“Suicidal” was how state Rep. Jimmie Don Aycock, R-Killeen, chose to describe himself for supporting an increase in the Texas state fuel tax earlier this month.
Although no bill has been proposed — and one probably won’t be this legislative session — Texans need to find a new revenue stream for transportation, Aycock said.
Texans pay 38.4 cents of every gallon of gas they purchase to a combination of state and federal taxes.
The Texas Department of Transportation, which gets much of its funding from the tax, is $13 billion in debt and is losing its ability to issue more, the Texas Tribune reported last month.
At 20 cents, Texas is in the midrange of state fuel taxes, far below New York and California, which pay 51.2 cents and 50.6 cents, respectively.
The tax has not been increased in 22 years, when a gallon of gas cost about a dollar, Aycock said.
Texas is also a “donor” state when it comes to the blanket 18.4 cent federal fuel tax, because it gives more than it receives.
In 2009, Texas received just 83.5 percent of what it paid in federal fuel taxes, costing Texans about $672 million, according to the U.S. Department of Transportation.
Killeen Mayor Dan Corbin defended Aycock after Austin-based conservative blogger Michael Quinn Sullivan criticized the lawmaker last week for supporting the fuel tax increase.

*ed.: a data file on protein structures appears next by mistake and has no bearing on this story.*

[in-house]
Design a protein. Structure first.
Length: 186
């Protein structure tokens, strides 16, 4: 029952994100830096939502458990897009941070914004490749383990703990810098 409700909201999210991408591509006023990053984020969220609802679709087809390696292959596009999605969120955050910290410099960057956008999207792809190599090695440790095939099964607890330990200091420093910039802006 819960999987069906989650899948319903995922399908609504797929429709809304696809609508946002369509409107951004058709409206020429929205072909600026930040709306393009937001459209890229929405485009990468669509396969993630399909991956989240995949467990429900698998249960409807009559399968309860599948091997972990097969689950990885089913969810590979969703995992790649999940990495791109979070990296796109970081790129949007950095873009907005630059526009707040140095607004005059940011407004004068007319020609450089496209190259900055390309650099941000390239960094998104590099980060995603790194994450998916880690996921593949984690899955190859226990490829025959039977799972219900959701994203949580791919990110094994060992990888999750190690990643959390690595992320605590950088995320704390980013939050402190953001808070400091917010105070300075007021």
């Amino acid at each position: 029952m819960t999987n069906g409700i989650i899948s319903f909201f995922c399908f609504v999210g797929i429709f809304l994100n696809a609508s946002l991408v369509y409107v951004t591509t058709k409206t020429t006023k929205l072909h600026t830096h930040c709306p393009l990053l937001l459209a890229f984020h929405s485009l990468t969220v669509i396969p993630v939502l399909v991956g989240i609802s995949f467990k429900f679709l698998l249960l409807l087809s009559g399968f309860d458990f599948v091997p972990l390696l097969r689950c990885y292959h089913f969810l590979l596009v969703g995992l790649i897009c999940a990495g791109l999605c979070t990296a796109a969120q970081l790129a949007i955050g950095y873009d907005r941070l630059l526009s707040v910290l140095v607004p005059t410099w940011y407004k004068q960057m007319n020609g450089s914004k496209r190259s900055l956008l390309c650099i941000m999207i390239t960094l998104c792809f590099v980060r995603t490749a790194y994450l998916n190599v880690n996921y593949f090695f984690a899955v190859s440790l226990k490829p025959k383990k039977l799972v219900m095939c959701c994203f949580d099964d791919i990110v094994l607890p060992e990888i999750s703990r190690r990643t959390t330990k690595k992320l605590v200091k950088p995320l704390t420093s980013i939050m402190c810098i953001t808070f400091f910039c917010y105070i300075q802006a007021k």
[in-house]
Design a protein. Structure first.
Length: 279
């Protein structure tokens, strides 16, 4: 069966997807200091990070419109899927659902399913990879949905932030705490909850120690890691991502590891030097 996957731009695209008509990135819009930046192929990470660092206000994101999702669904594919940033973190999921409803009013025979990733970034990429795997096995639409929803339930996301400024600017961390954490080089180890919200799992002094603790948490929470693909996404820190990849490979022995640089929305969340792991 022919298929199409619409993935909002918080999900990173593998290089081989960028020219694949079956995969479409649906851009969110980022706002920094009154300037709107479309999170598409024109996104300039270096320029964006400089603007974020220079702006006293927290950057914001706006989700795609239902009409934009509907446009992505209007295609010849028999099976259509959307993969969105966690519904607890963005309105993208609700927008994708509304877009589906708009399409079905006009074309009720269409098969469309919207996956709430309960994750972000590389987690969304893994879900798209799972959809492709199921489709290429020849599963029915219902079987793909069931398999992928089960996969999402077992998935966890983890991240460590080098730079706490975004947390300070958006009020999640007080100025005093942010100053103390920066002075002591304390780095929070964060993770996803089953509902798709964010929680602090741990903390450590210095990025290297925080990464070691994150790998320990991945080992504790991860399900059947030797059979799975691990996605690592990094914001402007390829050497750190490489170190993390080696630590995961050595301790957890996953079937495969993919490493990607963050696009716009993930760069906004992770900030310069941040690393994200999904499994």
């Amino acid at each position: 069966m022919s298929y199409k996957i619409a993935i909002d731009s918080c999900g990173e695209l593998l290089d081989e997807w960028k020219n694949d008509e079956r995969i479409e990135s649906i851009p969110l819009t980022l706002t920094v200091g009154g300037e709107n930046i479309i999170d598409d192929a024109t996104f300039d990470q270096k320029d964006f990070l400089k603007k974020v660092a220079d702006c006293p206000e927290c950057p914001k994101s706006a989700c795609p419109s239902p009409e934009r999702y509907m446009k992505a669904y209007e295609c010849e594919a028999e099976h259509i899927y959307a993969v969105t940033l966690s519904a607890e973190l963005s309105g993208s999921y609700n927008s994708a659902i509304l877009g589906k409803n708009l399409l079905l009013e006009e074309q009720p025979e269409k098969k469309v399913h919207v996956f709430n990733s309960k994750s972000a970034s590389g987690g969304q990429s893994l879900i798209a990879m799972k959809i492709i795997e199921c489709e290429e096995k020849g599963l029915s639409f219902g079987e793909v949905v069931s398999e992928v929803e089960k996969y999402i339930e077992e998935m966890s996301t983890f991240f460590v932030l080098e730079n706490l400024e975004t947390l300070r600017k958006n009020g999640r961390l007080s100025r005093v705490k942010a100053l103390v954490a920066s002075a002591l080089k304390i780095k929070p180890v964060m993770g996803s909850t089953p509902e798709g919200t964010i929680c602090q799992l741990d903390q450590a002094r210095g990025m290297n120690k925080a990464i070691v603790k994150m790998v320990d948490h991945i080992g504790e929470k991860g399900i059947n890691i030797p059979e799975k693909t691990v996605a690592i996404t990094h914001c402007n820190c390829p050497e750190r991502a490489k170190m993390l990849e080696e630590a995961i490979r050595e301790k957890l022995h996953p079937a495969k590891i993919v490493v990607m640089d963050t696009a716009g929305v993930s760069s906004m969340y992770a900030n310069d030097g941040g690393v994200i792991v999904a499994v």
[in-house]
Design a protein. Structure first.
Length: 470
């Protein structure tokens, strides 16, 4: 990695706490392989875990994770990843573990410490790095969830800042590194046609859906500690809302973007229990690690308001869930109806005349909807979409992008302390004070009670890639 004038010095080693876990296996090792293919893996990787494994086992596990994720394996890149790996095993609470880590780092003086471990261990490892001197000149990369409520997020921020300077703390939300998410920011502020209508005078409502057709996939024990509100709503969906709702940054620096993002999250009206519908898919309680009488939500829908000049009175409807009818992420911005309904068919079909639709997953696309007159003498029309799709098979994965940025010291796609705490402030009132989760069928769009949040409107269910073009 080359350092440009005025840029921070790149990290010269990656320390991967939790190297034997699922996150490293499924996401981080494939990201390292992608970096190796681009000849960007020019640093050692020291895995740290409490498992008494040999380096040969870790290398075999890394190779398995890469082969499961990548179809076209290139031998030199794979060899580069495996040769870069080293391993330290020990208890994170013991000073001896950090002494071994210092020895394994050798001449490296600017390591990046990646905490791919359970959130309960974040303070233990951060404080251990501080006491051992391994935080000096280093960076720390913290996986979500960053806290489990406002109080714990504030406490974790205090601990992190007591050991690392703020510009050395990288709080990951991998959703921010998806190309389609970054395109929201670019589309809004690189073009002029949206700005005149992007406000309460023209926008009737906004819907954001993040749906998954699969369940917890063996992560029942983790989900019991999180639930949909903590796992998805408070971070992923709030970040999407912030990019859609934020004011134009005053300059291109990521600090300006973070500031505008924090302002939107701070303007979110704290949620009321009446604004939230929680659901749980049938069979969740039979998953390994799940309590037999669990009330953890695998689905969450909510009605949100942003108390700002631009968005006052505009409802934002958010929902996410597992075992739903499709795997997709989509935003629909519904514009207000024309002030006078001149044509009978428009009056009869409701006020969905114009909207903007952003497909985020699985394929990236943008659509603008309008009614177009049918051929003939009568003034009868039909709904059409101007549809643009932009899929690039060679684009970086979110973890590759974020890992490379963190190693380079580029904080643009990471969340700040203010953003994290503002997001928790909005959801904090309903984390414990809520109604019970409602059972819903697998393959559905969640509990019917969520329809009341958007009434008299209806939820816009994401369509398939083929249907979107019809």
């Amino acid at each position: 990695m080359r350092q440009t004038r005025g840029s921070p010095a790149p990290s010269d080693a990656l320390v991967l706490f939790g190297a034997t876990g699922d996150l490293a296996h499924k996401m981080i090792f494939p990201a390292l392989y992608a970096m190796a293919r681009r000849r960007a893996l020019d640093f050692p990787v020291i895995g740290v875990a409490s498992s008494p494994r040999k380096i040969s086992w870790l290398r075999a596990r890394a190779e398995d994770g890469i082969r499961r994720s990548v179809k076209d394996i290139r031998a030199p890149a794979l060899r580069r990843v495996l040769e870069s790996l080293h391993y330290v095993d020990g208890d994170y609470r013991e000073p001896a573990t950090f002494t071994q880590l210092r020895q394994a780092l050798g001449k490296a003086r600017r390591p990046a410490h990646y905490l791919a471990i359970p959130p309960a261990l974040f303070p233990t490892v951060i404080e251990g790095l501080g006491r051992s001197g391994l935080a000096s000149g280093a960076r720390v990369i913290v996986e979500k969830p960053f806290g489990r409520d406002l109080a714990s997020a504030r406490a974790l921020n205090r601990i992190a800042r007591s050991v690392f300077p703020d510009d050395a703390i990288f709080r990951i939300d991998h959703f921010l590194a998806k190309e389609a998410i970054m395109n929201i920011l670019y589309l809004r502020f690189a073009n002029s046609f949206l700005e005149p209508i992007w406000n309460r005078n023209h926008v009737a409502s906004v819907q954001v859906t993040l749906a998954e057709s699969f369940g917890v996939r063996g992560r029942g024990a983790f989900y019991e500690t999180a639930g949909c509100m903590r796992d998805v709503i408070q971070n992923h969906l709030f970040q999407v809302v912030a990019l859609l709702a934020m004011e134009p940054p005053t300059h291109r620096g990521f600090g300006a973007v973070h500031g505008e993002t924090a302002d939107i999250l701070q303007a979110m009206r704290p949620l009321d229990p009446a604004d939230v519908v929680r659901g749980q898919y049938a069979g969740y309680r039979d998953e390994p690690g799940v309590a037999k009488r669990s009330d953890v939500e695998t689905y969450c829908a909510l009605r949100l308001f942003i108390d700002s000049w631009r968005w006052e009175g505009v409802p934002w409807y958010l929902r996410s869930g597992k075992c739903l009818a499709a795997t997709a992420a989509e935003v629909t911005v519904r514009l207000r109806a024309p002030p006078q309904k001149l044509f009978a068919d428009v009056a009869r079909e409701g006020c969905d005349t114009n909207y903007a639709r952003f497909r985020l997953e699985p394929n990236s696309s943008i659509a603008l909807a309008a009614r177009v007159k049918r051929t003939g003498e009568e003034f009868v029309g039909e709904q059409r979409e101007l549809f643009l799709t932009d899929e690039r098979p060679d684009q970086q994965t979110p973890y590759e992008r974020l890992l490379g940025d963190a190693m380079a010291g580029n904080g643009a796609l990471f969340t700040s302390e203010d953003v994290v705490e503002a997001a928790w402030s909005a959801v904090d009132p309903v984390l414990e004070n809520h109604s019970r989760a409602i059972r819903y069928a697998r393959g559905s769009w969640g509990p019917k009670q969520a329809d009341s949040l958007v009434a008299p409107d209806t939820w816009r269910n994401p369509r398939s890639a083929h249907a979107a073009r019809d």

“Jimmie Don is one of the few people down there that are smart enough to do what’s right,” Corbin said.
“It’s probably what is fiscally conservative but most of the people down there are going to do whatever it takes to get re-elected.”
Killeen has almost $150 million in local and state funded transportation projects on the books for the next 10 years and many of those projects are funded through the city’s property taxes, Corbin said.
State funded pass-through financing projects, such as the $18 million State Highway 195 and 201 overpass and Rosewood extension projects, have contributed to TxDOT’s mounting debt.
Sullivan said TxDOT debt is caused by a broken spending system and, until it is fixed, Texas lawmakers should not consider raising taxes.
“Before we put more money into the system, let’s spend the money better,” Sullivan said.
More than 24 percent of the state fuel tax revenue funds public schools.
Sullivan said that an additional 20 percent of the tax revenue funds non-transportation-related expenditures such as the Department of Public Safety and elaborate rest stop facilities.
“Rest stops used to be a wooden picnic table and a bathroom, now they are these big Taj Mahal-looking places,” Sullivan said.
“Let’s put 100 percent of those dollars into road and bridge construction and then find a stable and efficient source of revenue.”
Both Aycock and Sullivan agree that the fundamental problem with the fuel tax is that it was created when car manufacturers and consumers were not worried about fuel efficiency.
“As vehicles get more miles per gallon and more cars are on the road, the price of steel and concrete continues to go up, labor costs go up, so you can’t continue to fund transportation like you used to,” Aycock said.
Aycock said he never signed a pledge to not raise taxes, as Sullivan’s letter insinuates.
“I am flexible and willing to look at all kinds of options,” Aycock said. “But we need to consider new sources of revenue for transportation.”
Aycock said the proposal would likely be a combination of a fuel tax increase, registration increase and other fees.
“The fundamental question is not where it is going to come from but that there needs to be a new revenue stream for transportation,” he said.